Less than half of teachers believe the government’s flagship pupil premium policy has had a positive impact on the disadvantaged children it is designed to help, according to an exclusive YouGov poll for TES.
The findings raise major questions about the way the £2.5 billion funding – targeted at students from poorer backgrounds – has been spent. The results of the poll come in the same week that chancellor George Osborne announced the policy would continue, against a background of further spending cuts.
The YouGov survey finds that a third (34 per cent) of teachers think the pupil premium has had “no effect at all on outcomes” for their most deprived pupils. A further 4 per cent believe the premium has actually had a negative impact on disadvantaged students.
A representative sample of 758 teachers was questioned for the poll last month. Just 43 per cent said the policy has had a positive effect, while 19 per cent said they did not know.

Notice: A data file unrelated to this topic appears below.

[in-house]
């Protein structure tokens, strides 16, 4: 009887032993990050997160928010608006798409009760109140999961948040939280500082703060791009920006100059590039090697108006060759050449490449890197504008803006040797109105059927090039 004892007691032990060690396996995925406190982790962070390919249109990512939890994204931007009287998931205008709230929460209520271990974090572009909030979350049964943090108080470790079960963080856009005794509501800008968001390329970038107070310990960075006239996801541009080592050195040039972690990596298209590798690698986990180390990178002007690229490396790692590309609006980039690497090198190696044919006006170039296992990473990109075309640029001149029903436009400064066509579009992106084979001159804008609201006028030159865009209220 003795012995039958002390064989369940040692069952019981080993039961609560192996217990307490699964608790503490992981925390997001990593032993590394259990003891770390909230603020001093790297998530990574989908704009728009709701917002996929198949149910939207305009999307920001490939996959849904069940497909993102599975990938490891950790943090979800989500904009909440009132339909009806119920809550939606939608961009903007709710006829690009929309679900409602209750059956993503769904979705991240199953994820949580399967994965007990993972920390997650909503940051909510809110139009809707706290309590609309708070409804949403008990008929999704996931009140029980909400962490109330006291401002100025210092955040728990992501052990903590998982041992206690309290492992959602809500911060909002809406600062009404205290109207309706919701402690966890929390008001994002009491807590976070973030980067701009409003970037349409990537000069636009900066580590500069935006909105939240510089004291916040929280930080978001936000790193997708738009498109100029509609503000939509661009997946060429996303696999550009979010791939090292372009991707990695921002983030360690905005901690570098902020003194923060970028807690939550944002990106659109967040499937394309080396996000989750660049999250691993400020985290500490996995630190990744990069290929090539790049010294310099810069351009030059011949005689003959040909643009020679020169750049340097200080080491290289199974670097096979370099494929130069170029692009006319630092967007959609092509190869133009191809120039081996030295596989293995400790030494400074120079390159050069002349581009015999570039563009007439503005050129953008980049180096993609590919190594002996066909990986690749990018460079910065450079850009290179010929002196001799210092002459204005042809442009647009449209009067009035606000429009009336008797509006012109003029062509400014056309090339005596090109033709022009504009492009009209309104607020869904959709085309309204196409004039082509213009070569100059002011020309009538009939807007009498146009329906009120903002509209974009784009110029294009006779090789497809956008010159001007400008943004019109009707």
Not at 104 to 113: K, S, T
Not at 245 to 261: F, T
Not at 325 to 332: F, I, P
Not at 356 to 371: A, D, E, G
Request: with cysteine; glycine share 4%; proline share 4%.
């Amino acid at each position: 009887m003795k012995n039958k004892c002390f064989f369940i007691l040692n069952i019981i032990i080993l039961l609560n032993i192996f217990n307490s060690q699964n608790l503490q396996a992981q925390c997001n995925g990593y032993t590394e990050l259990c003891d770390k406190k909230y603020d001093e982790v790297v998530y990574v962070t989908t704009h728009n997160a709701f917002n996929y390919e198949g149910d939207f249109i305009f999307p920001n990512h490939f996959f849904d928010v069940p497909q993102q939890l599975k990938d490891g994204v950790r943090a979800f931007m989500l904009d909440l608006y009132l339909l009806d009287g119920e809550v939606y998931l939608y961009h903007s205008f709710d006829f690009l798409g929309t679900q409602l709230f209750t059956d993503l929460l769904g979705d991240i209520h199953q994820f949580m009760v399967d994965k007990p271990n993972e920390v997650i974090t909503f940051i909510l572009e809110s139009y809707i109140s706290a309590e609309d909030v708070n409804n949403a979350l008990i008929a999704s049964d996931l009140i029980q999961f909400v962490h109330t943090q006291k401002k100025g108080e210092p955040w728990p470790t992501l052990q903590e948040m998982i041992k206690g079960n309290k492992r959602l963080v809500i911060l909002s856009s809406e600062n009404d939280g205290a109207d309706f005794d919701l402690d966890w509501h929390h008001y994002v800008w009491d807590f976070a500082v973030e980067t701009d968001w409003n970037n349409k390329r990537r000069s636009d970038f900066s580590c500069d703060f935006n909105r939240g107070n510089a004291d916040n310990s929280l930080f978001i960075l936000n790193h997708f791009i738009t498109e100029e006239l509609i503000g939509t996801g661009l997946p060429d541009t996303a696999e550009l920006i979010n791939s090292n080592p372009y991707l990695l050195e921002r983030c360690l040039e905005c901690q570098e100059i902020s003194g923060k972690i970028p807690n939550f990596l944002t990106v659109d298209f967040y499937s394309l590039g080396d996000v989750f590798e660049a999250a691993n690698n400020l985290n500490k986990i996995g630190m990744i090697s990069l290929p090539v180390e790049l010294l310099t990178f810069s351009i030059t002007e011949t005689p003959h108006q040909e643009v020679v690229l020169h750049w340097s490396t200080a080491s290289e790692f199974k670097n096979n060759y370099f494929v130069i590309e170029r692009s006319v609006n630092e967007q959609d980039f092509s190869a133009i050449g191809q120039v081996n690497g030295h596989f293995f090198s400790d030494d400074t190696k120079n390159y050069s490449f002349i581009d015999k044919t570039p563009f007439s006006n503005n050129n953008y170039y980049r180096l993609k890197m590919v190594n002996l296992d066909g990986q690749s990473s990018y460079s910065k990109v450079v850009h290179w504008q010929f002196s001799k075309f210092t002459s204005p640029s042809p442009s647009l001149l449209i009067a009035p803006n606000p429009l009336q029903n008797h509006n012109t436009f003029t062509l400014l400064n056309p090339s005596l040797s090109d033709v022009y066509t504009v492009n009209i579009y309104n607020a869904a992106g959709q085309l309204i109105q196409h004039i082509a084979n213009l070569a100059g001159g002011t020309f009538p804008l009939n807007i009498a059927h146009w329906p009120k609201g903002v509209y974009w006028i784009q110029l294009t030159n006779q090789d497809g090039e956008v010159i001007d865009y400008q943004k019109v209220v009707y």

Experts have described the findings as “worrying” and are concerned that too many schools are using pupil premium funds in ineffective ways – for example, reducing class sizes despite only limited evidence that this improves the results of deprived pupils.
A Department for Education spokesperson said: “The pupil premium is providing vital support to disadvantaged children and helping to ensure every child, regardless of their background, is given the opportunity to fulfil their potential. The Public Accounts Committee found that, since [the premium’s] introduction, the attainment gap between disadvantaged pupils and their peers has fallen at primary and secondary level.”
This is an edited version of a story in the 27 November edition of TES. Read the full version with analysis and comment here (article available free to subscribers). Read the digital edition of TES on your tablet or phone by downloading the TES Reader app for Android or iOS. Or pick it up at all good newsagents.